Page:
Non-Denominational wedding ceremonies

non-denominational  wedding ceremonies

non-denominational wedding ceremoniess

There are a wide variety of wedding traditions throughout the world. Some may be based on the area of where you live, your cultural background or in some cases, a tribe. There are also religious ceremonies that come with their own set of traditions, such as Catholic, Christian, Jewish, Greek or even Indian, as well as many others. But what about a wedding where the couple is either non-religious or there are two religions involved? For couples that fit that bill, they often go with a non-denominational wedding. Three16 Photography honors and photographs many aspects of a Non-Denominational Wedding as well as all wedding traditions throughout the world.

First of all, we need to understand just what a Non-Denominational Wedding actually is, because it is often confused with that of a Secular Wedding. In laments terms, a non-denominational wedding is a ceremony that doesn’t necessarily have a religious tone to the ceremony, but it can include some religious references throughout if the couple so chooses. A secular wedding ceremony does not include any religious wording, readings or within the vows of any kind.

So, what should you expect when getting married or attending a non-denominational wedding? For the most part, it’s the same as any other wedding, just with little to no religious overtones. You will still have the entrance of the party and bride, the vows, rings, possible readings, kiss, formal announcement and the exit as you would in any other wedding ceremony. Many people decide to take Communion during their ceremony, but in this case, it’s unlikely that the couple would include it.

Most often, by removing the religious aspect from your ceremony would then mean the wedding will be quite a bit shorter than the traditional wedding. Therefore, you can opt to go shorter or you can incorporate more items that have special meaning to your relationship. For example, you can have:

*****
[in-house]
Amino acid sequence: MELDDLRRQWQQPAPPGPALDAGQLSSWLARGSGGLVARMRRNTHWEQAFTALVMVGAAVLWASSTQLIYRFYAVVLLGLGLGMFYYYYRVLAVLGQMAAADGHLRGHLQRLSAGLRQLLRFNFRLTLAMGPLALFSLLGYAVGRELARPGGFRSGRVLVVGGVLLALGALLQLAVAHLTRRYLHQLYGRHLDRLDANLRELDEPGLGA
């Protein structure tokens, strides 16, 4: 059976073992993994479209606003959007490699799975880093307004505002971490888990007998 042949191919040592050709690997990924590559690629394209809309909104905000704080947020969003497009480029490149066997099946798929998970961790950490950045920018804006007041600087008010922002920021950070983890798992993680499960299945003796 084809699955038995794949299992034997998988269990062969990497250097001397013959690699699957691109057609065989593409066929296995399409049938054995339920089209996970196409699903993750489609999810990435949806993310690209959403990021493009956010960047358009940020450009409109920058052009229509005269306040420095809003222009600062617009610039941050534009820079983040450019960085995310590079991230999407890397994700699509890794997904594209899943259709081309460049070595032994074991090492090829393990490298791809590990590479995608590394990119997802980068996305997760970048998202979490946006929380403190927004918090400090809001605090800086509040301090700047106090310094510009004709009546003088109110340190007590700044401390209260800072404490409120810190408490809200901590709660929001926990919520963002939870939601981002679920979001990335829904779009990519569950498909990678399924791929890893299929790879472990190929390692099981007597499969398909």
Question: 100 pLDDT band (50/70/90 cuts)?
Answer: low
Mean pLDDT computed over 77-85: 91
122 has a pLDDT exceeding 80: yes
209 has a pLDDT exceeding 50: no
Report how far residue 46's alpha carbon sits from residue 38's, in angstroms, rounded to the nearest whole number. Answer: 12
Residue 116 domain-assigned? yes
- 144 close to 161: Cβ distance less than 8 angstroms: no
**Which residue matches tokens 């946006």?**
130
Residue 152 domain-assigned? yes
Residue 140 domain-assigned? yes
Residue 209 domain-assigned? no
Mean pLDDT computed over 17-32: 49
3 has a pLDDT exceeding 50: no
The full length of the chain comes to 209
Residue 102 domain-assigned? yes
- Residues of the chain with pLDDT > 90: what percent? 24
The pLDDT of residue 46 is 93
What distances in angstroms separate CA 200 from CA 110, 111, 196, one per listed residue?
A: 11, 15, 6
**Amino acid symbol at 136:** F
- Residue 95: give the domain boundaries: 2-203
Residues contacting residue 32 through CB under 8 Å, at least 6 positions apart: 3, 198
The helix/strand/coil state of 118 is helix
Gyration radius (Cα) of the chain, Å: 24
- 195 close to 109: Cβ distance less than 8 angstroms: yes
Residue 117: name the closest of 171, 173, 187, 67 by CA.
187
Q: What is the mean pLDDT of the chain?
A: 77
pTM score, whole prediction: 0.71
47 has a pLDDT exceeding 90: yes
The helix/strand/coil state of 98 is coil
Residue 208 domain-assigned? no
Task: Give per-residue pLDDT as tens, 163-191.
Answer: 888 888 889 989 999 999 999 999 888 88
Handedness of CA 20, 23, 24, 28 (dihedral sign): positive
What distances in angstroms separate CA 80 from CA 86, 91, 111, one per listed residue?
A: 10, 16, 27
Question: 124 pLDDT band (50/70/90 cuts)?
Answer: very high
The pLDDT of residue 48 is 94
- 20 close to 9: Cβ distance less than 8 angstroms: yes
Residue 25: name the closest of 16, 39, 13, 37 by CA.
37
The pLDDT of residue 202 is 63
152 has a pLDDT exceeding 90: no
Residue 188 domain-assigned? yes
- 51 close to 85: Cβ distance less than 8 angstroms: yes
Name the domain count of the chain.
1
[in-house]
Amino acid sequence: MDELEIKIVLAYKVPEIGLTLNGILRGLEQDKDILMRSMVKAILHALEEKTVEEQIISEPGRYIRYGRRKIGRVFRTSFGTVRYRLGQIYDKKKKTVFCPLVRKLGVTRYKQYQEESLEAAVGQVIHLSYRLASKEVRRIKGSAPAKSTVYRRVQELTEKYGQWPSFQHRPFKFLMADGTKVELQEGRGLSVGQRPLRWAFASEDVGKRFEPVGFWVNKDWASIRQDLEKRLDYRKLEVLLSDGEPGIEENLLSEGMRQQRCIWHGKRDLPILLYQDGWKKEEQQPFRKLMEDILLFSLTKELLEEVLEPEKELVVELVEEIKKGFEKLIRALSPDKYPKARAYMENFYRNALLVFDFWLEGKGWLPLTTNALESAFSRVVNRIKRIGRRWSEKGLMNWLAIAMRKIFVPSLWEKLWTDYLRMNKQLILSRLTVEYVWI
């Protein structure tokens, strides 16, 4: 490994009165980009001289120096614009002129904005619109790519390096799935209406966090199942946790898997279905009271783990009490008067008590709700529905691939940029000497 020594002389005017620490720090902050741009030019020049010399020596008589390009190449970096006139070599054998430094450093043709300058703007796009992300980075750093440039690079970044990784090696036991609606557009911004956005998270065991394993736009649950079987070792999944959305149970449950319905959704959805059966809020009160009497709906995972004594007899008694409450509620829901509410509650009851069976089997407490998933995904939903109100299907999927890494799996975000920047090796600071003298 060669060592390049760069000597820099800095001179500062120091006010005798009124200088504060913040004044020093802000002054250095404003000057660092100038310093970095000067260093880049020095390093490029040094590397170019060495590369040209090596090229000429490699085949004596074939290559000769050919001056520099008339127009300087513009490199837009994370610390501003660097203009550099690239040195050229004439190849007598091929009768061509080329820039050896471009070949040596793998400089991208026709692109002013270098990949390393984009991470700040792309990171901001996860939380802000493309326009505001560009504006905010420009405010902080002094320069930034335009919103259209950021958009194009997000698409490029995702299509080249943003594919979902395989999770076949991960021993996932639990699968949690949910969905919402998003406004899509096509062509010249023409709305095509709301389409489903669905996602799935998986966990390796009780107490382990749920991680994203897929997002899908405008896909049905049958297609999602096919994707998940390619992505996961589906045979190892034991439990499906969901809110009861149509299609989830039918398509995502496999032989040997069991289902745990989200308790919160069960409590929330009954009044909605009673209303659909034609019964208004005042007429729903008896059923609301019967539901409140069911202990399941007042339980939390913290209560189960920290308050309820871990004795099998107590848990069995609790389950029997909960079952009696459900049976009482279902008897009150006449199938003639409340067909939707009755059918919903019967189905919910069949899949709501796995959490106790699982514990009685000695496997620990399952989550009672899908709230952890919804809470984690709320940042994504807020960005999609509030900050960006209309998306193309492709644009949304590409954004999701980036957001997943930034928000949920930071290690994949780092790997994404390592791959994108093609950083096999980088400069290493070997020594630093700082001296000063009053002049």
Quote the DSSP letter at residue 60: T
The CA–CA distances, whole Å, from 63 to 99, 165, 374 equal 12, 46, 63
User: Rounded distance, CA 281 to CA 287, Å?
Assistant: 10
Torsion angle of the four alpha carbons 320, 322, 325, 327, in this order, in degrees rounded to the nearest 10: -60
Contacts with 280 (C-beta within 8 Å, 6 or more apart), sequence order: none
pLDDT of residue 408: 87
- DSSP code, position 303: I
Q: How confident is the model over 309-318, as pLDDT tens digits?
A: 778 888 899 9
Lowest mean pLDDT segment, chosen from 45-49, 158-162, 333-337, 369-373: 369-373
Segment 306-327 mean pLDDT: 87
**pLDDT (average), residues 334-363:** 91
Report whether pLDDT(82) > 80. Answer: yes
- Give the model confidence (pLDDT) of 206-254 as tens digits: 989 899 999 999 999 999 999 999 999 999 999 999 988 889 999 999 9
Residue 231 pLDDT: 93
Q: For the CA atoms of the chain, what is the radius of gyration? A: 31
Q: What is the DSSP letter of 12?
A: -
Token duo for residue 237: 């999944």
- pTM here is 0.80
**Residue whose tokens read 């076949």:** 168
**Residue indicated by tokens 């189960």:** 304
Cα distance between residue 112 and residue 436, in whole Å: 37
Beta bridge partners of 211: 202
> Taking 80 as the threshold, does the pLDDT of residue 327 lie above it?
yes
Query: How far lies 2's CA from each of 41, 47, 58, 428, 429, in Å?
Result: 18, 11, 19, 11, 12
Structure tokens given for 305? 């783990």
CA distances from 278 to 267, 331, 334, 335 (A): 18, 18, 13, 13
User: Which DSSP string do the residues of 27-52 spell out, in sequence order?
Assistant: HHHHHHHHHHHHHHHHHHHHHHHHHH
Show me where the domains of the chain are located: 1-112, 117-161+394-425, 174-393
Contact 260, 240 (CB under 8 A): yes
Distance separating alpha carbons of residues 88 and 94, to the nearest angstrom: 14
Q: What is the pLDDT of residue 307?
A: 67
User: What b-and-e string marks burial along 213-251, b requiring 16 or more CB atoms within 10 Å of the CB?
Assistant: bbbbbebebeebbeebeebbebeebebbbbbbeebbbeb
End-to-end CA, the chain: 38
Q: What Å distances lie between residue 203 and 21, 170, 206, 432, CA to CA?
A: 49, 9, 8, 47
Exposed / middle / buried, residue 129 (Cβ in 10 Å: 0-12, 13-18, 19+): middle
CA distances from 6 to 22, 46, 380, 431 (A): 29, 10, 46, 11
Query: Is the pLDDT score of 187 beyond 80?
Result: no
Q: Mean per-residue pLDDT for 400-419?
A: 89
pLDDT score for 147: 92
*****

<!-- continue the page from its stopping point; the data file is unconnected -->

• Guest Speakers that will talk on your behalf and tell a story or two. Similar to a toast, but without the actual toasting. Save that for the reception.
• Non-religious readings. Maybe they are writings that the couple penned over the time of their relationship or a poem, or some type of sentimental meaning or quote.
• In front of the public, the couple can make certain promises that they will vow to their new spouse.
• You can also have the officiant include comedy to the ceremony.
• Recite what marriage means to you. Everyone has different views based on upbringing, friends, various cultures, or perhaps you were inspired by movies, books or television.
• Inform your guests your story. How you met, first dated, fell in love and so on. Perhaps the groom asked the bride out for a lunch date and all along she thought it was a job interview? You get the idea.
• You can also find ways to incorporate into your ceremony those who are no longer with you. You can leave an open seat for that person or leave a token item on that empty seat. Maybe leave a rose if the person you are honoring is female and something more unique and personal to you if it’s a male. You can also acknowledge them by name during your ceremony or simply a moment of silence for them. Whatever works best for you. This is something you can also include in your reception.

Of course, there are many other things to consider when planning for a non-denominational wedding, but the above gives you the gist of it. No matter where you stand in your religious beliefs, a wedding is the legal union of two people. It’s all about the purpose of the wedding and marriage itself.



non-denominational wedding ceremonies